Gene Ritchie Monahan

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Monahan in her studio, 1985

Gene Ritchie Monahan (1908‒February 12, 1994) was an American portrait and landscape artist.[1] She is best remembered for the character and mood she conveyed in her portraits and for the realism in her pen-and-ink drawings for the Rainy Lake Chronicle, a weekly Minnesota newspaper with an international readership.[2]

Early life[edit]

Genevieve (Gene) Ritchie was the daughter of an electrician. She graduated from Denfeld High School in Duluth, Minnesota, in 1927. She hoped to attend the School of the Art Institute of Chicago.[2] Although she was able to pass the entrance exam, the cost was too expensive. Instead she signed up for art lessons with local painters David Ericson and A. E. Schar.[2]

One of Ritchie's earliest works was a self-portrait that earned her first place in the Duluth Art Institute's annual Arrowhead Art Exhibition. The painting garnered attention from national art critics, leading the portrait to be featured on the cover of Art Digest. The magazine described her as "the find of the year" in 1930.[2]

Ritchie earned a teaching certificate at Duluth State Teachers College and then transferred to the University of Minnesota. She taught art at the Phyllis Wheatley Settlement House. She also gave private lessons and opened a painting studio to sell her portraits and teach classes.[2][3] University student George Monahan was an early customer and married her a year and a half after she finished his portrait.[2]

Monahan's husband joined the Army just before World War II. This prompted her to enroll in the University of Minnesota's graduate program in art education, partly in case something happened to him. She supported her children during the war by working as supervisor of art for Faribault Public Schools.[2] She had three children.[4]

Art career[edit]

In 1955, Monahan's family moved to New York City, where she opened the Studio Gallery in Greenwich Village. She received a scholarship to study and teach at the National Academy School of Fine Arts. Although pressured by other Village artists to work in the abstract style, she refused. Her paintings were praised by Village Voice art critics for their light-filled natural tones and confident brushwork.[2]

Friends and family drew the couple back to Minnesota in 1960. They bought a home in Ranier, Minnesota, in 1963 and spent time on the Rainy Lake islands of conservationist Ernest Oberholtzer.[5] Monahan continued her work as part of a colony of local artists. She expanded her portfolio to include silk screening and bookbinding, and experimented with sculpture and pottery using local clays.[2]

In the early 1970s, Time magazine's bureau chief, Ted Hall, left New York City and moved to Ranier to establish the Rainy Lake Chronicle. He called on Monahan to illustrate stories and create cover art. Monahan's drawings and paintings came to represent the people, places, and natural elements of the border lakes region. Author and environmentalist Sigurd Olson said her work "caught the details of the changing seasons, the little things that appear almost without expecting them, the flash of a gull's wing in the early spring, the freezing of the lake, the sounds and rumbles, the thawing in the spring."[2]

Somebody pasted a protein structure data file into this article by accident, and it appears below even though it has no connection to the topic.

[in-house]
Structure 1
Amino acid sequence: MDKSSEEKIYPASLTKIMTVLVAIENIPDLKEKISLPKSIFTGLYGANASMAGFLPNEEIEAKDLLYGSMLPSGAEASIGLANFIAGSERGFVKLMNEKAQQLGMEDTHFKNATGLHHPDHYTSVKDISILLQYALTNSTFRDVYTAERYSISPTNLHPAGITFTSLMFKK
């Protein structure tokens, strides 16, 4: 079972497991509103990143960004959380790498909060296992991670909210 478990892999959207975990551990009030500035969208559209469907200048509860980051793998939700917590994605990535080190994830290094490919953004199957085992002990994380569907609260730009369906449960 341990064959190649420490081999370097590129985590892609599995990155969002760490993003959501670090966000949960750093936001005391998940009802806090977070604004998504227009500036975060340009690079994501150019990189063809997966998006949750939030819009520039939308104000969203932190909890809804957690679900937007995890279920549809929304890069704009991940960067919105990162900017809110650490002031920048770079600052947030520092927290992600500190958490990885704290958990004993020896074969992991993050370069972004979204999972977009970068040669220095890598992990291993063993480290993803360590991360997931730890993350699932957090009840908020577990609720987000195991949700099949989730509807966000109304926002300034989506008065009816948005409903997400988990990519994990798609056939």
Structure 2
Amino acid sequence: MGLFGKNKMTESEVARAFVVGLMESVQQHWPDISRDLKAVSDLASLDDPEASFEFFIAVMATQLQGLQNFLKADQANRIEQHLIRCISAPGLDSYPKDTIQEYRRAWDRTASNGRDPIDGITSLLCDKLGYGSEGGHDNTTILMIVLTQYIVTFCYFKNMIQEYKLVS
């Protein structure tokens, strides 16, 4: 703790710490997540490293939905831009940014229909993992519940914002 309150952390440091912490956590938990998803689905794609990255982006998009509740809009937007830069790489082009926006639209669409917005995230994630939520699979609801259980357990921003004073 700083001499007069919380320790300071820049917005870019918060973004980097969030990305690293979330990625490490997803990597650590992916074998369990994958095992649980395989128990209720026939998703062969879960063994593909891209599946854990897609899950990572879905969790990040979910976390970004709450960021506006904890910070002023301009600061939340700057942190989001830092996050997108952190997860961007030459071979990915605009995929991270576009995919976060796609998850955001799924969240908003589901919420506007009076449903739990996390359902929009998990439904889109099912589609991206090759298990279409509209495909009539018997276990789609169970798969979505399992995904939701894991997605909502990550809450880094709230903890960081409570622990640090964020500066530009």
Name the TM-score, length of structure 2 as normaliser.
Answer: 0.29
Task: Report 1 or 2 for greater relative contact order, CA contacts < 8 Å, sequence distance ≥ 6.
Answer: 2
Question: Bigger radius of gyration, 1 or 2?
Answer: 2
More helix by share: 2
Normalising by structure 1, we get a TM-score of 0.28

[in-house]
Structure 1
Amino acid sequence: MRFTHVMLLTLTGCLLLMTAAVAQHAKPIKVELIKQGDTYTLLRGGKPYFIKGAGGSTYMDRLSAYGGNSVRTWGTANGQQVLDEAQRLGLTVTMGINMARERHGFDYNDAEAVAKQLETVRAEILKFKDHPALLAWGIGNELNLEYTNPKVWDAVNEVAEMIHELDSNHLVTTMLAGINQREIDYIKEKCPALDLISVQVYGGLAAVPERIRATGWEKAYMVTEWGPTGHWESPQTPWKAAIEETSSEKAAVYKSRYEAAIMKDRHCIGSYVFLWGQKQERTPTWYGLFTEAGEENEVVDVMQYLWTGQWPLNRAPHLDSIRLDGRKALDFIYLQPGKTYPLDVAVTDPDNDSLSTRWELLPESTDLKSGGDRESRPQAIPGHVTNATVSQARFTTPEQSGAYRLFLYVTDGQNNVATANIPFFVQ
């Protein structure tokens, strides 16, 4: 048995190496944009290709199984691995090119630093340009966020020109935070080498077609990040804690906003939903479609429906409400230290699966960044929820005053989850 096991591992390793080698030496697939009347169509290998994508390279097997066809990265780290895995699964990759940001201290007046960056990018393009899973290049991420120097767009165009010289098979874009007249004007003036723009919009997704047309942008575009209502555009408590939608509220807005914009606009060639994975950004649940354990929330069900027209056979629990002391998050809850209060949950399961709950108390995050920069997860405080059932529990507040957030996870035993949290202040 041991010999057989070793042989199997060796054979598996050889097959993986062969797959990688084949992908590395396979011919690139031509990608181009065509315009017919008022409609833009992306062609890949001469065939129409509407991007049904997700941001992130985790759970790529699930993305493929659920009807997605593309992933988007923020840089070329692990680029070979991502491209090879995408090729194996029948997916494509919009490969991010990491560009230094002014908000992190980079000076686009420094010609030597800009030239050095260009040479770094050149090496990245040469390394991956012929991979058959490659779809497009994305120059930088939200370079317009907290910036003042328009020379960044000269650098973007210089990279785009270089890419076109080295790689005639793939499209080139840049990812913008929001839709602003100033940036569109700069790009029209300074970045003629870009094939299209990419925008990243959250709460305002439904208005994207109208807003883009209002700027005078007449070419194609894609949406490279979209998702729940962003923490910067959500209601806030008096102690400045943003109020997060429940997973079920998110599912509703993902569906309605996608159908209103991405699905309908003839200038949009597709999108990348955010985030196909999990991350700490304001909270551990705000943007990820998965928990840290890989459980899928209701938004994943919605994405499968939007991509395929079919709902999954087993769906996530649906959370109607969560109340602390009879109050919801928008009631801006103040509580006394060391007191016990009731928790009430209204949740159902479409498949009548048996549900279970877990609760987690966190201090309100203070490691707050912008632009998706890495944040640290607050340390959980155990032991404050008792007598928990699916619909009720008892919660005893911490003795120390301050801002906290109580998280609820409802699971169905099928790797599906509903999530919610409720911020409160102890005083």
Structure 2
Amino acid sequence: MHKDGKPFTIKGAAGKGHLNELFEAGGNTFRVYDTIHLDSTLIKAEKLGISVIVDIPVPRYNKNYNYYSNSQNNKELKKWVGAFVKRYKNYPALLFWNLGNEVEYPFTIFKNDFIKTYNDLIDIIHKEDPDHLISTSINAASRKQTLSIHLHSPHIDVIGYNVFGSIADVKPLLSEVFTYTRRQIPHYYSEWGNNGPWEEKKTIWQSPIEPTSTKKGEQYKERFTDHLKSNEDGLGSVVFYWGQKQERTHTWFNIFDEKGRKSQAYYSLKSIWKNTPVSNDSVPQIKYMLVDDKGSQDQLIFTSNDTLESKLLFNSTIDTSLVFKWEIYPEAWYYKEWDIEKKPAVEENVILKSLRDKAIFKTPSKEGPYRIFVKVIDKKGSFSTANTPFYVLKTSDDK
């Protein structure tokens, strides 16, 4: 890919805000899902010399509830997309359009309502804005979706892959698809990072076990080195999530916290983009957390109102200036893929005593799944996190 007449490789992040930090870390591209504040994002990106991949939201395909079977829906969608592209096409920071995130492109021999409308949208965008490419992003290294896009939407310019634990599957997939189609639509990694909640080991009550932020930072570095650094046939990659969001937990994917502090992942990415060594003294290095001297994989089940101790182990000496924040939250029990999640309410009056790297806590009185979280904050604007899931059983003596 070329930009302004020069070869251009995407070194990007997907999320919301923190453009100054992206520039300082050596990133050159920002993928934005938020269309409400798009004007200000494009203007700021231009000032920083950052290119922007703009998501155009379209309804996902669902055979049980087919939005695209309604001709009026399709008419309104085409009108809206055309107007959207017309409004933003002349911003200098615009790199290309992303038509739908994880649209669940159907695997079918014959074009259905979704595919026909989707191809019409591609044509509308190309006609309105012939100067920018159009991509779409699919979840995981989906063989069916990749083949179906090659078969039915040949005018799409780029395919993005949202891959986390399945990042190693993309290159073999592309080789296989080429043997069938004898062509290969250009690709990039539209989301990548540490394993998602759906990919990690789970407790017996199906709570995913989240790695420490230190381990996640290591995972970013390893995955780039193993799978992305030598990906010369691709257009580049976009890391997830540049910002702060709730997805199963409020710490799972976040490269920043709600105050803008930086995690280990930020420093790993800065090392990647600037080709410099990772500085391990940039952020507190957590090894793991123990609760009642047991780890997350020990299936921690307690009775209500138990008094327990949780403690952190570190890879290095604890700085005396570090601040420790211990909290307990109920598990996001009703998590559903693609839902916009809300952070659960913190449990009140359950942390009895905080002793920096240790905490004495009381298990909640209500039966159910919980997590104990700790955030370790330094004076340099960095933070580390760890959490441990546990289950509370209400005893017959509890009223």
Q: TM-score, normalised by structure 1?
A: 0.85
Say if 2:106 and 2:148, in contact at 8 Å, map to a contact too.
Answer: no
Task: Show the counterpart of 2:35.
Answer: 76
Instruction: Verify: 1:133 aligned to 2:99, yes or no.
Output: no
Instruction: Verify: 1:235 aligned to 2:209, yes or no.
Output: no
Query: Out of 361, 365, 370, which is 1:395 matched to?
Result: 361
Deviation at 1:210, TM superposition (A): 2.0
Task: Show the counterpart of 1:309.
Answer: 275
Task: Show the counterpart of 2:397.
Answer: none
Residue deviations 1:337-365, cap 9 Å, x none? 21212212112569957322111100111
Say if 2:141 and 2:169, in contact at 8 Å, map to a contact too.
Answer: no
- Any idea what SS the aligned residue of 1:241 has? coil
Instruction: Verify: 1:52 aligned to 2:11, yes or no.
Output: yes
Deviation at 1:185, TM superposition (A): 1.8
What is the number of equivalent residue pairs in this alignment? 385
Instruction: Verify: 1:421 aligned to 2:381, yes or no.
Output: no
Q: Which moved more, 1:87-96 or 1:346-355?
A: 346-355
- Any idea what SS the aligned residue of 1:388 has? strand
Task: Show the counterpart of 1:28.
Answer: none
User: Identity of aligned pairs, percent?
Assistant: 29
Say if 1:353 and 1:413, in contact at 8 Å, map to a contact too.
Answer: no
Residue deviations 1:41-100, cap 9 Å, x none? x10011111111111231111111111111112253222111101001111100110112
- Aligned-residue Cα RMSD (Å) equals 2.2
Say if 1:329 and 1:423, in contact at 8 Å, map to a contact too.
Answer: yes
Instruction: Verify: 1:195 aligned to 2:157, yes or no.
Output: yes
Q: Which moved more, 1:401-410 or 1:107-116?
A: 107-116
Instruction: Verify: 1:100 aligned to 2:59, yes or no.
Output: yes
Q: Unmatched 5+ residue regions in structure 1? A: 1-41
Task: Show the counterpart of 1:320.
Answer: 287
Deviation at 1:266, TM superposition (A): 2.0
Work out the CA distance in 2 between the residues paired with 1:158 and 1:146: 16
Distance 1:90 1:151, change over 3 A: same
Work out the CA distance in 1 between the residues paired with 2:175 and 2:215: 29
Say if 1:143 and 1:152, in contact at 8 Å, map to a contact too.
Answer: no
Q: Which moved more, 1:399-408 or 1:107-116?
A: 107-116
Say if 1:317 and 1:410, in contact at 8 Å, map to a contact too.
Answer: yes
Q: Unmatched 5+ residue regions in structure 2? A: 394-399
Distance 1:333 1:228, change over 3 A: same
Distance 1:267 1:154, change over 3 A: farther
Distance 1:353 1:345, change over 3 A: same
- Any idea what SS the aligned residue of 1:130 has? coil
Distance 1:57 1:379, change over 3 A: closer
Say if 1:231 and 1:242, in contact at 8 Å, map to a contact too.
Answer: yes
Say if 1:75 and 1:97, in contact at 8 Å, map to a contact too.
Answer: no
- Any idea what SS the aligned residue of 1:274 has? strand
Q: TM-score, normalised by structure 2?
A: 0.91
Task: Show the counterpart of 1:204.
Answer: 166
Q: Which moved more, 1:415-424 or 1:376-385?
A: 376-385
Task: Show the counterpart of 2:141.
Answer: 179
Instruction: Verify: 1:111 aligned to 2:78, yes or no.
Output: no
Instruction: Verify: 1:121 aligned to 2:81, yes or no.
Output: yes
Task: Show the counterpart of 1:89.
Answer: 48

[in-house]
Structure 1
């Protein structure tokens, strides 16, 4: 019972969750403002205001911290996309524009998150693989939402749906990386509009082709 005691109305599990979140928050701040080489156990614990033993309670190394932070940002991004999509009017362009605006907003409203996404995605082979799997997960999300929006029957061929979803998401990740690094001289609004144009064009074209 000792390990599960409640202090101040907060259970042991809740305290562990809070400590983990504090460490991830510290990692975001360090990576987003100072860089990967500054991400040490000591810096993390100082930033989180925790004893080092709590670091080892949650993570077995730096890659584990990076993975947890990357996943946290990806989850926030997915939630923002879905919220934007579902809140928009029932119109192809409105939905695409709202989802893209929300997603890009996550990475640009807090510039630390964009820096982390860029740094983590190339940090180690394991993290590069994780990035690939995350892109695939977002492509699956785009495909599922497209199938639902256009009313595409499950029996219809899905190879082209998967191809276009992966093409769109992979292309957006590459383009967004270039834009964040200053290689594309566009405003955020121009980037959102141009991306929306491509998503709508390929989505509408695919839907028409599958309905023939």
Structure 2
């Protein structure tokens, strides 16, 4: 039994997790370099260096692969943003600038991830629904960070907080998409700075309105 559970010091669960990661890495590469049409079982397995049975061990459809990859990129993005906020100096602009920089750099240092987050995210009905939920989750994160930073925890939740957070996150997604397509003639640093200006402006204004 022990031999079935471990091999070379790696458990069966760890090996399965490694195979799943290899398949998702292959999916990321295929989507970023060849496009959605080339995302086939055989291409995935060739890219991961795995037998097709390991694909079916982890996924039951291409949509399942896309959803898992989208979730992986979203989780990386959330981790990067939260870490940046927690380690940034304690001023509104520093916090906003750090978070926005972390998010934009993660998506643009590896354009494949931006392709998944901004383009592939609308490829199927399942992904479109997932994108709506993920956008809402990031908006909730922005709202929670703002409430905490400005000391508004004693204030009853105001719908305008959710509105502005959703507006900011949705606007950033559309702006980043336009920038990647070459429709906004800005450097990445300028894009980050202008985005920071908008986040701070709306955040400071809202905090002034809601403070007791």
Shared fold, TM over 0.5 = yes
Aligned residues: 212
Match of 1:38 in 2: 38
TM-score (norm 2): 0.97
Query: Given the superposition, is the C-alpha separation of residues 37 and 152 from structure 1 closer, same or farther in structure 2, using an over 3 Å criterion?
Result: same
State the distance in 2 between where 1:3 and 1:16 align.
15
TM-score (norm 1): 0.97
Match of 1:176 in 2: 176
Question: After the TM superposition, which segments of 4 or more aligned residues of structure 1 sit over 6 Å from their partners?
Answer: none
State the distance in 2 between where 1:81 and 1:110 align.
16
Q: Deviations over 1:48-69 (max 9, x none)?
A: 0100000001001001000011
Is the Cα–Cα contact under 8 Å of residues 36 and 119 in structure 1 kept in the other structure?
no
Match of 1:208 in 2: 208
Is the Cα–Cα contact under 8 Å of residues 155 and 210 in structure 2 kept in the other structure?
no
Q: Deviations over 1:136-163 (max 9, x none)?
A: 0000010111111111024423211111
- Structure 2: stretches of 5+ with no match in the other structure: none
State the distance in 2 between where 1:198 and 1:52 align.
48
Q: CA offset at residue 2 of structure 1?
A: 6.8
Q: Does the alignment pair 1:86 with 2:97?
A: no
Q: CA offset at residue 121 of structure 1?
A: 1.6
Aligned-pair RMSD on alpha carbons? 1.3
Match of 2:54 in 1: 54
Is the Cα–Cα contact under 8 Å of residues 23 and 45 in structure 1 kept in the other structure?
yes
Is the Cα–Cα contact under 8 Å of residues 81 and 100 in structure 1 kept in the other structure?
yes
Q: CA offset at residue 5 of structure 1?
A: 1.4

Throughout her career, Monahan received national acclaim. In the late 1950s, she was elected president of New York City's branch of the National League of American Pen Women. She won first prize in portrait art at a Smithsonian National Gallery of Art exhibition in 1962. She was invited to present the first one-woman show in the Little Gallery at the Minneapolis Institute of Arts (1964).[2][6] For two summers in the late 1960s, she was invited to paint and teach art to members of the Sandy Lake First Nation in Ontario.[7]

Among those who sat for Monahan's portraits were pianist Van Cliburn, Canadian First Nations artists Norval Morrisseau and Carl Ray, Minnesota governor Rudy Perpich, conservationists Ernest Oberholtzer and Frances Andrews, and the wife of O. Meredith Wilson.[2][8] Her work is held in public, corporate, and private collections worldwide.[2]

Monahan died on February 12, 1994, at the age of 85.[1][4] Her work continues to be exhibited, and was shown in Duluth in 2015, Grand Marais in 2016,[9] and International Falls in 2017.[2]


  1. ^ a b Curt Brown (November 25, 2018). "Duluth master brought talent home". Star Tribune. Retrieved March 16, 2019.
  2. ^ a b c d e f g h i j k l m n Savage, Marjorie (November 20, 2018). "Monahan, Gene Ritchie (1908–1974)". MNopedia.
  3. ^ "Unusual Course in Crafts Offered". Star Tribune. January 23, 1938. p. 23. Retrieved March 16, 2019.
  4. ^ a b "Gene Ritchie Monahan dies at 85; was a portrait painter". Star Tribune. February 14, 1994. p. 14. Retrieved March 16, 2019.
  5. ^ Gene Ritchie Monahan papers, 1884–1993. Manuscripts Collection, Minnesota Historical Society, St. Paul.
  6. ^ Beverly Kees (May 11, 1964). "Artist Paints Faces as they Look to Her". The Minneapolis Star. p. 24. Retrieved March 16, 2019.
  7. ^ "Gene Monahan to Display Indian Pictures". Fort Frances Times. November 27, 1968.
  8. ^ "Portraits Exhibited". Star Tribune. August 6, 1961. Retrieved March 16, 2019.
  9. ^ "Gene Ritchie Monahan: Retrospective." Art exhibit brochure. Grand Marais, MN: Johnson Heritage Post Gallery, 2016.
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Further reading[edit]